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Musk is “highly confident” that through his company, SpaceX, humans will set foot on Mars by 2026. CNBC previously reported Musk wants to populate Mars so that humanity is not a 'single-planet species'.
"It's been now almost half a century since humans were last on the moon. That's too long, we need to get back there and have a permanent base on the moon — again, like a big permanently occupied base on the moon. And then build a city on Mars to become a spacefaring civilization, a multi-planet species,“ Musk said after SpaceX launched its Crew-2 mission to orbit in 2021.
Mars isn’t the only seemingly impossible thing Musk wants to achieve. The Tesla founder previously said he thinks humans can live forever when they download their brains into robots that allow them to preserve memories.
Musk founded Neuralink that is working to enhance how brain-machine interfaces with people could enable them to store memory as a backup. Musk told Fortune that in the short term, it is just about solving brain and spinal injuries, saying that Neuralink’s products will be useful to someone who has lost the use of their limbs or has a traumatic brain injury.
The company’s aim is to integrate artificial intelligence into the human brain. According to Learnodo Newtonic, Neuralink is working on a gadget which will be implanted into the brain and enable humans to control any wireless device with just the power of thought. There really is no limit to Musk’s imagination and aspirations.
From couch-surfing to living in a box, Elon Musk doesn’t own any residential property
Whenever we think about super wealthy people, we often dwell on the lives all that moola enables them to live. From fancy cars to private jets, holiday homes in Italy and France to mansions in the multi-million-dollar-property hotspots, the rich and famous can afford lifestyles most of us only dream about.
With a nett worth of over R4 trillion one would expect Musk to own several pieces of prime real-estate. The 50-year-old has made headlines with his living situation, but not because he splashed millions on a home. Nope, despite having enough money to fund SA for a couple of years, Musk doesn’t own a single property.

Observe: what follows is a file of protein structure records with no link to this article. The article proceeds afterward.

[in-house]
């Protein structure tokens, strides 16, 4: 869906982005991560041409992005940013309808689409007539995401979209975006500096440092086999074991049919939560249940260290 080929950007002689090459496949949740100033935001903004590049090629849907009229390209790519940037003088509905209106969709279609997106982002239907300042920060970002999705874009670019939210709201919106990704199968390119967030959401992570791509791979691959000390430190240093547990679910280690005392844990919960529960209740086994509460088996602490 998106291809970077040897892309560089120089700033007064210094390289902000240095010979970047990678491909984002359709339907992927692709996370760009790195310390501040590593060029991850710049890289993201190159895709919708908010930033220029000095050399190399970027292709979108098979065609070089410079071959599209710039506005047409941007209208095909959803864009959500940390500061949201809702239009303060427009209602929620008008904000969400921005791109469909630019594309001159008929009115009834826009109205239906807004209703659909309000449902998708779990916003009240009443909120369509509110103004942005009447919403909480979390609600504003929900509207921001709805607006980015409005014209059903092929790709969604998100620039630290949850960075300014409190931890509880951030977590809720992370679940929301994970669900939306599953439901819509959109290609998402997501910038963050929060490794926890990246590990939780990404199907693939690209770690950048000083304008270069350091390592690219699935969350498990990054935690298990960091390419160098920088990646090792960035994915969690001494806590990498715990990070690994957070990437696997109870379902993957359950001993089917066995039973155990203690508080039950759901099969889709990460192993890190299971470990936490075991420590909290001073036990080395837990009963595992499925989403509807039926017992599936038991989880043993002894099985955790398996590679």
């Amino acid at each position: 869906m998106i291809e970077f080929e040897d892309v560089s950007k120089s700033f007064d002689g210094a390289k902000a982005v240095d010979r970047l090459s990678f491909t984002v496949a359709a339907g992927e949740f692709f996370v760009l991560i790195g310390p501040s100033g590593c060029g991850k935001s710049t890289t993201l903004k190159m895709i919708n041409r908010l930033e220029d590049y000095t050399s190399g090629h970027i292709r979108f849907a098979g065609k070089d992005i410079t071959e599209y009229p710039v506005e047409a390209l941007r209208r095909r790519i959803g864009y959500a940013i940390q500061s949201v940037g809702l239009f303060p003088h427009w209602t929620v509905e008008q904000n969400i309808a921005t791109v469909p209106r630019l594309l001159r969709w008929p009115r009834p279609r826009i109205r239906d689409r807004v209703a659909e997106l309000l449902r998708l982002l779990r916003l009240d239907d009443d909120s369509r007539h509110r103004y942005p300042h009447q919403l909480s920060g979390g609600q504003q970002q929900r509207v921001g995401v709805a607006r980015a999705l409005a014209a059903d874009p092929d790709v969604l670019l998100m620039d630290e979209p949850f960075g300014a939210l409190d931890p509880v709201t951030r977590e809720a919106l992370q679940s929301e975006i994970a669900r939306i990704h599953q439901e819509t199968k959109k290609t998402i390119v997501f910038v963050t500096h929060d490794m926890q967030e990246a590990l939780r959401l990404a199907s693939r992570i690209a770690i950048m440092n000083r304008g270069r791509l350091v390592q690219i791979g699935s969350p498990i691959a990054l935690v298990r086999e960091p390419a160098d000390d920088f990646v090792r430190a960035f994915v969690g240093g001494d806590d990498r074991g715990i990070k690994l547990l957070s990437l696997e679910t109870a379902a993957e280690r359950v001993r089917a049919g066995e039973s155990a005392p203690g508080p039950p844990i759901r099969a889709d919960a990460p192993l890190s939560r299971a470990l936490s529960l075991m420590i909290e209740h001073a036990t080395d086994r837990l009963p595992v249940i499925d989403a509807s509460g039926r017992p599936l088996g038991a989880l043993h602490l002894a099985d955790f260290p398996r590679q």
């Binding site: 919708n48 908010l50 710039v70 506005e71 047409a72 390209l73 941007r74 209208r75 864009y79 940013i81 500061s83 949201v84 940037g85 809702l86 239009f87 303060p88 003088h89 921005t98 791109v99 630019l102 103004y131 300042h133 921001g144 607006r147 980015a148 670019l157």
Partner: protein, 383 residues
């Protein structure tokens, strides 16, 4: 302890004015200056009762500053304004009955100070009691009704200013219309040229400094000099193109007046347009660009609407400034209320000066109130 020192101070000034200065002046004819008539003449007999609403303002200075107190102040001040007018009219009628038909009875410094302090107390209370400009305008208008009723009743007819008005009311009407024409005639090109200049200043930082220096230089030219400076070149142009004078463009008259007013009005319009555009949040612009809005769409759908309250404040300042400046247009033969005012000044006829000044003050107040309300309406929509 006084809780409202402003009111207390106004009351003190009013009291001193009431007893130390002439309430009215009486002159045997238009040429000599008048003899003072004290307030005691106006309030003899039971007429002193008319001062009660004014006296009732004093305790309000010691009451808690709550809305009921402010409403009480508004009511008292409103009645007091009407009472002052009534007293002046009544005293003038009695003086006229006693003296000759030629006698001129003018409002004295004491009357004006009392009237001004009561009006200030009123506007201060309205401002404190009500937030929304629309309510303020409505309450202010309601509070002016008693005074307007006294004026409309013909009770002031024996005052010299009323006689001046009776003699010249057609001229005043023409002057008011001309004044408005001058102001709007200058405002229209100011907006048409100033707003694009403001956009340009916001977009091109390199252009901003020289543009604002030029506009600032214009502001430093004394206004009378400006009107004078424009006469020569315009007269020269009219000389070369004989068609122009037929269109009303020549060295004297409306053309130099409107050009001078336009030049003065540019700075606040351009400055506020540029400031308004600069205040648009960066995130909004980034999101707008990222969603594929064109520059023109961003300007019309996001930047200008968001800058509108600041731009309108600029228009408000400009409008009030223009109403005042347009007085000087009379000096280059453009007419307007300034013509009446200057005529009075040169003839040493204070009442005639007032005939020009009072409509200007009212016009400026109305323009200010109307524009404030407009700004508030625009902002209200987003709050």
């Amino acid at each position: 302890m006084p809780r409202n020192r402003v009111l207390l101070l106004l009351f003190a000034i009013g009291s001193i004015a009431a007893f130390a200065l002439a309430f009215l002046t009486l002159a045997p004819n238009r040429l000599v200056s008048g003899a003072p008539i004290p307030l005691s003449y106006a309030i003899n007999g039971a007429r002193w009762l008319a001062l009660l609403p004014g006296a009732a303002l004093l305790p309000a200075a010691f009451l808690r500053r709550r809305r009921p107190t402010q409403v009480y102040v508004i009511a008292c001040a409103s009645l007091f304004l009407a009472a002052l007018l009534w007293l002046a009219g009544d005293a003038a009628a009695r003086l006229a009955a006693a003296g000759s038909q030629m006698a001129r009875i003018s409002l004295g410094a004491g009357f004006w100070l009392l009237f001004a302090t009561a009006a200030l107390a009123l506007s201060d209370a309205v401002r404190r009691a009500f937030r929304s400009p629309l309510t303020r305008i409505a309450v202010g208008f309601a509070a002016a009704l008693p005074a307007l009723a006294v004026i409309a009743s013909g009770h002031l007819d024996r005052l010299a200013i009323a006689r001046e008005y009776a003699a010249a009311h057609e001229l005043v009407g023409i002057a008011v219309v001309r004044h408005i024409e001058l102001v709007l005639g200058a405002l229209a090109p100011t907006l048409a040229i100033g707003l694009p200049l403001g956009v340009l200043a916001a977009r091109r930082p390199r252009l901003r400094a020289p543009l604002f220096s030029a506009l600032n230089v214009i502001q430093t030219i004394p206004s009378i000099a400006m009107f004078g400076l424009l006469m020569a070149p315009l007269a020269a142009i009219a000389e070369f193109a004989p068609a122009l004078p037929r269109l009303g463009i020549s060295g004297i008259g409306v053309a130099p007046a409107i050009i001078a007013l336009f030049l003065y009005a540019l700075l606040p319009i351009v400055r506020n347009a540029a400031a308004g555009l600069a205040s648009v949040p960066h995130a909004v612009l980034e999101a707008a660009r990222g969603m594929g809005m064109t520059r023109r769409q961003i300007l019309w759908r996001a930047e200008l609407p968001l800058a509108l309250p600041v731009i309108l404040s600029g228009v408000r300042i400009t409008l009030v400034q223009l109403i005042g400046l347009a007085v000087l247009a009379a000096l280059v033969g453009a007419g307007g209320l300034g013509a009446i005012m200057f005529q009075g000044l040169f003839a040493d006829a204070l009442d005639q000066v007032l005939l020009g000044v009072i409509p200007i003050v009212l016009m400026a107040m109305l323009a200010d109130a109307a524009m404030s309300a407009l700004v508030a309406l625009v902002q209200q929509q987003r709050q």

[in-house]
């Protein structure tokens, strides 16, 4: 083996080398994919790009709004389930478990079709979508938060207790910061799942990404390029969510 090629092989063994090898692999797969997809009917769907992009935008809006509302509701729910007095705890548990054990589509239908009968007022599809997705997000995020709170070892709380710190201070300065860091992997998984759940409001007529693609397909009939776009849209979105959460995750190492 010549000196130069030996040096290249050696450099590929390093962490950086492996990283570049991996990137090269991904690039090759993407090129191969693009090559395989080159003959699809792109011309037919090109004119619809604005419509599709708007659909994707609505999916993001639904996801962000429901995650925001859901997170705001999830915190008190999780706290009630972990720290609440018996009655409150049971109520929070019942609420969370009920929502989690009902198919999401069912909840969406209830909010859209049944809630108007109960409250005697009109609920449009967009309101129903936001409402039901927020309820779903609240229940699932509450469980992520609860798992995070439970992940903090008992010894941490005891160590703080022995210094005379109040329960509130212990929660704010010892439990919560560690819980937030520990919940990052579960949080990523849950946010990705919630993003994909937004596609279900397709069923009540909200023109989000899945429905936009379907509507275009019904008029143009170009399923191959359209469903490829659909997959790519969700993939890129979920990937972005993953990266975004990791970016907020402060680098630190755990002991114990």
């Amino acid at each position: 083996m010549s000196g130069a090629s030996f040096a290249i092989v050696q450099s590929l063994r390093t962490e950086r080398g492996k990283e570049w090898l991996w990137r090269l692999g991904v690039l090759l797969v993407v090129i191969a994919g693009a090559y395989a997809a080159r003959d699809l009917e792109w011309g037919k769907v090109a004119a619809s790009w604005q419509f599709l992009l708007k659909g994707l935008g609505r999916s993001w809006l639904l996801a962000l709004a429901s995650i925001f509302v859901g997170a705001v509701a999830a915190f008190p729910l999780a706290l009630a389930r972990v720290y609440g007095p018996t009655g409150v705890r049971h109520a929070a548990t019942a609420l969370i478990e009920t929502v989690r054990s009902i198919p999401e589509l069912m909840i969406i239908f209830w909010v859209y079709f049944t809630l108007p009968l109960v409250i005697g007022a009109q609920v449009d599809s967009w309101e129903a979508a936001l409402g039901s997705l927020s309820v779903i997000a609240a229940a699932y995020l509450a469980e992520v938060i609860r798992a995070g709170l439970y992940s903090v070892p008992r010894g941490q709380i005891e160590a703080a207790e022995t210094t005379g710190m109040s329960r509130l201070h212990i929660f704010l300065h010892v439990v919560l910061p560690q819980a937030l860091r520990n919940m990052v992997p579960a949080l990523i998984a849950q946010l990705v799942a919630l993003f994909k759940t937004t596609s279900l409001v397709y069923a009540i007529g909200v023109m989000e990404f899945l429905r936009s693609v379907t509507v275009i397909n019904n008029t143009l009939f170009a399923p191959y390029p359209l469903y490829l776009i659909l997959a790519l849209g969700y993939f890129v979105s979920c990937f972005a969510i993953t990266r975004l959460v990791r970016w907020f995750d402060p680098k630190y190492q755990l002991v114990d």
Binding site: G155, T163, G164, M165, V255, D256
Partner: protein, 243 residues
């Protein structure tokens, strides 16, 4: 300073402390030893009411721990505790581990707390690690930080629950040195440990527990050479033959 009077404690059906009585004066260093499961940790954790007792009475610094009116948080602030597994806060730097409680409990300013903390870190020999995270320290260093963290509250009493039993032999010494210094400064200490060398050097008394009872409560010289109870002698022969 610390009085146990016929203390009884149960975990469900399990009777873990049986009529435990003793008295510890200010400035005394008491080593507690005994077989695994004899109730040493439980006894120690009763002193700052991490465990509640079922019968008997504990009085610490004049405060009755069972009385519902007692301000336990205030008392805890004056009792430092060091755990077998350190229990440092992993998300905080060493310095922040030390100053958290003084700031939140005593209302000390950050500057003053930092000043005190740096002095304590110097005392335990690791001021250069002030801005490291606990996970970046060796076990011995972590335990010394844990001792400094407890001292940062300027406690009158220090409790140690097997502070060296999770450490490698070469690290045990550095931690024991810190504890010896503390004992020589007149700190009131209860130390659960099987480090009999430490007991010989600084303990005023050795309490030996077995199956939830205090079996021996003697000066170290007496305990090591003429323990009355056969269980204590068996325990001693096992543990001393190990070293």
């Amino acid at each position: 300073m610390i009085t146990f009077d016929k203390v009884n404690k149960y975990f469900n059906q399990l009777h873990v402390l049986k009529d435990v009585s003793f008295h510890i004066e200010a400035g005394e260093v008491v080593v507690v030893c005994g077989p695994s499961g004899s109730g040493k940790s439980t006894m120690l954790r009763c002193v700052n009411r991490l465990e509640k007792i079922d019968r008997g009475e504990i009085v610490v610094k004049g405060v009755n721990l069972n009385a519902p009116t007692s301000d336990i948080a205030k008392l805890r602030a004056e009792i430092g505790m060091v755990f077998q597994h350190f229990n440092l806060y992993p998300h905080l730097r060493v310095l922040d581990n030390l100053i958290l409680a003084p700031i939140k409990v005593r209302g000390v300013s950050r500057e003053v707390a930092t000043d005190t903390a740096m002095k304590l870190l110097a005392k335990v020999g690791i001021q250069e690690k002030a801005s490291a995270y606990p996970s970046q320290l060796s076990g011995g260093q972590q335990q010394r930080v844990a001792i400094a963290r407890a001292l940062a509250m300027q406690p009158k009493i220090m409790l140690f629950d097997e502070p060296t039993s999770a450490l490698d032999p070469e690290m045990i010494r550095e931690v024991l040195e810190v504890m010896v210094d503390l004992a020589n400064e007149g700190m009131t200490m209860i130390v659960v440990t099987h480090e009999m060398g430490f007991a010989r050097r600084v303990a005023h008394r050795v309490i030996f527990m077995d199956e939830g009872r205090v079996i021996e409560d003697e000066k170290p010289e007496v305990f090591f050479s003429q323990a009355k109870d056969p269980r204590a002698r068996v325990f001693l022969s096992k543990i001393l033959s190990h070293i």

In an interview with TED's Chris Anderson, Musk he doesn’t splash billions every year in personal consumption.
He said: “I don't even own a home right now, I'm literally staying at friends' places. If I travel to the Bay Area, which is where most of Tesla's engineering is, I basically rotate through friends' spare bedrooms.”
For a while there were speculation that Musk lived in a box. Okay, not an old fridge cardboard box, but a pop-up home designed by Boxabl. Musk set the record straight, revealing he was living in a tiny home but not one designed by the ‘cool’ company.
Taking to Twitter, Musk wrote:
”I've actually been living in a $50k house in south Texas for past 2 years, not Boxabl (cool product tho)," he wrote, adding: "Feels more homey to live in a small house."
Musk added that mansions are not the only luxury he refrains from purchasing. He revealed he doesn’t own a yacht and don’t take luxury vacations. Musk said the only exception he made that could be labelled as a luxury was his private jet.
However, his didn’t buy an aircraft to jetset around to world to exotic places, it is purely for work.
Musk was quoted saying:
”I mean the one exception is a plane, but if I don't use the plane then I have less hours to work.”
For Musk, the ultimate goal is achieving the impossible, not living a life of luxury
Elon Musk is not driven by the desire to life a luxurious life - which is definitely ironic since he has more money than anyone else on the planet. Musk‘s ambition reaches far beyond the materialistic things this world has to offer and it is going to be interesting to see if he continues to make the impossible, possible.
Source: Briefly News